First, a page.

From: vbisme, How can a pointer be used to release memory within itself? For example, take the DirectDraw object. You could call DDObj->Release() and everything is taken care of.
As an example lets say we have this code;

LPDIRECTDRAW lpDD;
DirectDrawCreate(0 , &lpDD, 0);
lpDD->Release();

1. lpDD is a pointer to a DirectDraw object
2. The first variable of DirectDraw is a pointer to a class of functions
3. Release is one of those functions, ie: lpDD->Functions->Release();
4. Release can be thought of as a static member of a DirectDrawFunction class
5. It is hidden from you but Release actual passes lpDD as a parameter, ie: lpDD->Functions->Release(lpDD);
6. Calling Release doesn't do anything to lpDD
7. Calling Release doesn't do anything to the class of functions
8. Release only deletes the memory associated with that DirectDraw object

The code below shows an example of how this could be done.


  
class DirectDrawFunctions;
//

class DirectDrawObject
{
public:
DirectDrawFunctions *Functions;
//whatever else it has is hidden from us

};
//

class DirectDrawFunctions
{
public:
static Release(DirectDrawObject *pDDO) { delete pDDO; }
//static SetCooperativeLevel();

//static SetDisplayMode();

//etc

};
//

DirectDrawFunctions DDF;
//

void DirectDrawCreate(DirectDrawObject **ppDDO)
{
*ppDDO = new DirectDrawObject;
(*ppDDO)->Functions = &DDF;
}
//

void main(void)
{
DirectDrawObject *lpDDO;
DirectDrawCreate(&lpDDO);
lpDDO->Functions->Release(lpDDO);
}



Edited by - burp on November 8, 2001 5:35:34 AM

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quote:
Original post by vbisme
delete pSCObj; is needed. This is the issue that I was trying to point out. How could pSCObj call a class that would ultimately execute "delete" upon itself?



It sounds like you want to have a class ''Foo'' which has allocated some memory, and you want the memory to be freed when you do a ''delete pSCObject''?

If yes, you need a destructor:

  
// Called when deletion occurs - *before* the class is

// actually destroyed. Now you can get rid of any memory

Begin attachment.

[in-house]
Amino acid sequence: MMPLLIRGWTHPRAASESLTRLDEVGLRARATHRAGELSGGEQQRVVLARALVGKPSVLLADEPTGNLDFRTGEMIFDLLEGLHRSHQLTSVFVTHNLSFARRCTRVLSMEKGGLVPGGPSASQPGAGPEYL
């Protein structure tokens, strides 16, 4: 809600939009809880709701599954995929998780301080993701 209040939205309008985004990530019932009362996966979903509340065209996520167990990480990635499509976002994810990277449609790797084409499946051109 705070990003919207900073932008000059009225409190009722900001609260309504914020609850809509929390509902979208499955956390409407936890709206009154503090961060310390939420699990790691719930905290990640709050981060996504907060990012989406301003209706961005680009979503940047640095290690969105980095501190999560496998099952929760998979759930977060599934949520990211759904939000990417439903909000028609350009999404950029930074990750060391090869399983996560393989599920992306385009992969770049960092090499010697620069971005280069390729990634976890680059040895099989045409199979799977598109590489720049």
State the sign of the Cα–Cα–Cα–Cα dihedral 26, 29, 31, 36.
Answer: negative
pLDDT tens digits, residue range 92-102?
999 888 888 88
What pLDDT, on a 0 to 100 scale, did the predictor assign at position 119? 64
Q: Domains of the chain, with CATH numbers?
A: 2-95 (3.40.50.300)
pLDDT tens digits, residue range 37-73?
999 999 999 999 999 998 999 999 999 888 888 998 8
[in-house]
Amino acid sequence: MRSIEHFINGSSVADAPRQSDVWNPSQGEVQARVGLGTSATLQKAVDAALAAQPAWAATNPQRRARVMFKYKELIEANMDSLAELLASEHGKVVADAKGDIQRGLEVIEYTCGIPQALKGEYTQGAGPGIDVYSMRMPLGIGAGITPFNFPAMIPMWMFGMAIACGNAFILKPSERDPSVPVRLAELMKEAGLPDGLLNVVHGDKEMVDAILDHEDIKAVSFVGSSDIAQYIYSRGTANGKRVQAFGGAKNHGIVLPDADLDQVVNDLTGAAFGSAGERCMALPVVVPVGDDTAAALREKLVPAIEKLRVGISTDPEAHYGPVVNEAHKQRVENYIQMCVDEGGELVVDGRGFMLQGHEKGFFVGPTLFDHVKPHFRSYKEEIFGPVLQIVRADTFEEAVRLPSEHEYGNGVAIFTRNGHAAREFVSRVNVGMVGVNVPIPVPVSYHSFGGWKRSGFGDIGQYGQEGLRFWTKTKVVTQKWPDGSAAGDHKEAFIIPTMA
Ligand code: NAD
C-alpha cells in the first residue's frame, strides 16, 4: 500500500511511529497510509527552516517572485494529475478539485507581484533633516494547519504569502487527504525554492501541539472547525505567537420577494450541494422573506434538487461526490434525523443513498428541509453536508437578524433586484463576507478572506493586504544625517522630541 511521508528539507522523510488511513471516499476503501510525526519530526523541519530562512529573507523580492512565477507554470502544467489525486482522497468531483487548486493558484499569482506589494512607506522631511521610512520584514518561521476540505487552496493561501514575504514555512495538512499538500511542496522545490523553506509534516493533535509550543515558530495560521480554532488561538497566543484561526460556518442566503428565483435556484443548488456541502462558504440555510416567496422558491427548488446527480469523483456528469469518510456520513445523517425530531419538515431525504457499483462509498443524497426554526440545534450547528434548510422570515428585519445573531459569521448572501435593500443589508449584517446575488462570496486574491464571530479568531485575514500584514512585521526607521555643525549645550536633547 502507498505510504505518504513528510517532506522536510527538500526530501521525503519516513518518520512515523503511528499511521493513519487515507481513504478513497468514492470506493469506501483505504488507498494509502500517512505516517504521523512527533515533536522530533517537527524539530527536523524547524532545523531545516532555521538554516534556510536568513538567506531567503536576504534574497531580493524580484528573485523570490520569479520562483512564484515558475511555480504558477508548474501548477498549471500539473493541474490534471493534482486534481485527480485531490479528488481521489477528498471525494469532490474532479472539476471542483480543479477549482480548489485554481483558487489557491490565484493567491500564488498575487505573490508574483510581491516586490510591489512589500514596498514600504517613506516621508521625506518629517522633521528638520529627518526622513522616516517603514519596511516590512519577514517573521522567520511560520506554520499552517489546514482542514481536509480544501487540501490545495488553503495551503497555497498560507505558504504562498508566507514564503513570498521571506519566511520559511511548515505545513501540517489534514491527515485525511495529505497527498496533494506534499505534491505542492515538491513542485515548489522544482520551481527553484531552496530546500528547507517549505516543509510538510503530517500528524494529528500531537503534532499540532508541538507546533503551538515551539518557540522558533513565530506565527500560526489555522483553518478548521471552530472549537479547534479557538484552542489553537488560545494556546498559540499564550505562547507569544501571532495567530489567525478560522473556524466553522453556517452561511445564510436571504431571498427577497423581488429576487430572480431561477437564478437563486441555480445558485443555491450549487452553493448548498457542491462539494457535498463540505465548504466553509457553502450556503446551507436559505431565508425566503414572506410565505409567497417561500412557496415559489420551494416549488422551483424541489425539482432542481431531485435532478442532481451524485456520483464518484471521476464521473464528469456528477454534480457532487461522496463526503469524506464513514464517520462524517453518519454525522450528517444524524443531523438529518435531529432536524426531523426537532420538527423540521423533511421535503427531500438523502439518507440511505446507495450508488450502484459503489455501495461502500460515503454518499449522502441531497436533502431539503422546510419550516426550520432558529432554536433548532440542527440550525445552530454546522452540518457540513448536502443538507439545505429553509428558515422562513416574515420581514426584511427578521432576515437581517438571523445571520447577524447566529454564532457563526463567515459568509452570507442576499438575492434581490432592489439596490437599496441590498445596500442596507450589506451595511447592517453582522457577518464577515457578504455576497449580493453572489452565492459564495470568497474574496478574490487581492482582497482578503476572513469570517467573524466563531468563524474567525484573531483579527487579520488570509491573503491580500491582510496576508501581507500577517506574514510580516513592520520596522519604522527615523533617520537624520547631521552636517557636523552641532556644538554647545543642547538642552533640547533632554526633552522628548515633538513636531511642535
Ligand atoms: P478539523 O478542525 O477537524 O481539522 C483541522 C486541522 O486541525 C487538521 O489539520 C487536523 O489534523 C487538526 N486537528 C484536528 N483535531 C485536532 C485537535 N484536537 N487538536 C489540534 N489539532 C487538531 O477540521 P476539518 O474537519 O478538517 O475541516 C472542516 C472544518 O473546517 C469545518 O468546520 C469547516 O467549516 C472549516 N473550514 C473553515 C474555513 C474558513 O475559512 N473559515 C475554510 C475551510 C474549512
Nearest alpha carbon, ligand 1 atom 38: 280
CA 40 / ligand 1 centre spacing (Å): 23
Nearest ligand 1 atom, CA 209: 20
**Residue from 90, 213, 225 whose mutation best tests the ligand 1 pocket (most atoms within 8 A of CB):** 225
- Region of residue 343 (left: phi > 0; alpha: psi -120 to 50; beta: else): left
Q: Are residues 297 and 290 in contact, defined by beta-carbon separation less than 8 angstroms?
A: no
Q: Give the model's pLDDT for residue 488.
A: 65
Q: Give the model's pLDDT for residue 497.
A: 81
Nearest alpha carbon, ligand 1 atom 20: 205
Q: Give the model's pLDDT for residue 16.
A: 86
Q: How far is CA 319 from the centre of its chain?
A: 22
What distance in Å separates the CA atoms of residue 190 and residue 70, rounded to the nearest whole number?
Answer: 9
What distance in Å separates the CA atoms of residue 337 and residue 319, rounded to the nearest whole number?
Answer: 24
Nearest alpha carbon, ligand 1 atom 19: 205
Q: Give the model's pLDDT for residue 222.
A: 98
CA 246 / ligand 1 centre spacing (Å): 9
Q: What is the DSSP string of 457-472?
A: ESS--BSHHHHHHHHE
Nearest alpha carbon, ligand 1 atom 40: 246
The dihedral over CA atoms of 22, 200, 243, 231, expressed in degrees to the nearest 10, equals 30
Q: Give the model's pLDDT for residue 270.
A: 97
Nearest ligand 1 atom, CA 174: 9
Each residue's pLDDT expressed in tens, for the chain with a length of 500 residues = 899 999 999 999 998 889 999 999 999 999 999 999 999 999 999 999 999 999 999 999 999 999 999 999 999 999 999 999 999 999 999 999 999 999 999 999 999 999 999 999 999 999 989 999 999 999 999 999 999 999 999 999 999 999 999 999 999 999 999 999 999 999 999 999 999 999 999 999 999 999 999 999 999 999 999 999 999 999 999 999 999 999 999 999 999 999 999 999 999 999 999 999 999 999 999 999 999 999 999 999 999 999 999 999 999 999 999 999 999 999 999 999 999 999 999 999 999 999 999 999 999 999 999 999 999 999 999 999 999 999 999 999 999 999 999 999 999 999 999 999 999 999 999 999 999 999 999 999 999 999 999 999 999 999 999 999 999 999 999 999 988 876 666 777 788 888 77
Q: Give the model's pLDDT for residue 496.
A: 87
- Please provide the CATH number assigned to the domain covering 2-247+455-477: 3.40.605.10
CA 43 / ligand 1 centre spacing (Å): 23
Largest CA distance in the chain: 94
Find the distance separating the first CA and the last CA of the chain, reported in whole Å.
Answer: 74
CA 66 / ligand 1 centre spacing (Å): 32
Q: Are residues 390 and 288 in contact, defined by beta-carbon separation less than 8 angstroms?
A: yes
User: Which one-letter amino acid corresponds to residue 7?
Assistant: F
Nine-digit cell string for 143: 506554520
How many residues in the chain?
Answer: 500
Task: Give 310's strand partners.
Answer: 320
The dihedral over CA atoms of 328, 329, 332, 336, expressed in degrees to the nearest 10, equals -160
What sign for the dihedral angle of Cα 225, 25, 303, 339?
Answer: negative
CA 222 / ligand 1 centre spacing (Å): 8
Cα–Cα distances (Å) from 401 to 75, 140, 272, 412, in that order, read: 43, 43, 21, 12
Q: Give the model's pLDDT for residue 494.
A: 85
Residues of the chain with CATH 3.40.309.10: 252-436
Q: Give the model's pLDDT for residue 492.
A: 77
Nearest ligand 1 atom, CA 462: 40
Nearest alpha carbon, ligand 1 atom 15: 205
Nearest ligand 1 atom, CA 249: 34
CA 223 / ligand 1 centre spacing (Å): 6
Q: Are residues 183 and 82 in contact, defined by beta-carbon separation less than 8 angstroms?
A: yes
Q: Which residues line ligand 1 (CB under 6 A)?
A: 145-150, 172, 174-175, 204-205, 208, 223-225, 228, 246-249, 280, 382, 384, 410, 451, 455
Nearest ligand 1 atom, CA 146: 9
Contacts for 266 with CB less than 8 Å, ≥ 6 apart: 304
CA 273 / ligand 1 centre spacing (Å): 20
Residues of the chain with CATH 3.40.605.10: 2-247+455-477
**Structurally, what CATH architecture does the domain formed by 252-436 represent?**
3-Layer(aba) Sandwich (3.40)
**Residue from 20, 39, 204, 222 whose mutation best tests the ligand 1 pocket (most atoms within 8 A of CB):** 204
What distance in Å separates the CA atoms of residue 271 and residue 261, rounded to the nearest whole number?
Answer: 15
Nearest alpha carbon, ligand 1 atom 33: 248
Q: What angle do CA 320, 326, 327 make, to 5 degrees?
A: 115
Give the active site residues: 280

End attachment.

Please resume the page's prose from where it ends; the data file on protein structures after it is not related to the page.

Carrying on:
// that the class allocated.

CSomeClass::~CSomeClass ()
{
Release();
}


Now, there is no way, in C++, to make a class that will destroy itself when there are no more pointers to it (i.e., it has no references). You can make a ''fake'' pointer class and set it up so that it keeps count of the references to its target, those classes are known as smart pointers , for obvious reasons.

  
class CSomeClass {
...
}
class PSomeClass {
CSomeClass *pSC;
int *refCount;
...
}


You need to overload the constructors and destructor, and the * and = operators of PSomeClass to make sure that the reference count is kept correctly.

However, this method of reference counting isn''t perfect. It''ll keep an object alive if it has any references, even if those references are not accessible. For example, a node in a tree class might reference its parent and its children. The parent node would reference its children, including the original node. Although the tree might be inaccessible to the rest of the program, it still has references.

True garbage collection keeps a track of which objects are currently visible. Because C++ is not designed for gc it is extremely difficult to make a class heirarchy that uses it. It is best, therefore, to manually free memory when you can, and possibly use reference counting when you know that a reference cannot be recursive - I have a reference counting String class because I know that the string can''t contain a reference to itself.

All your bases belong to us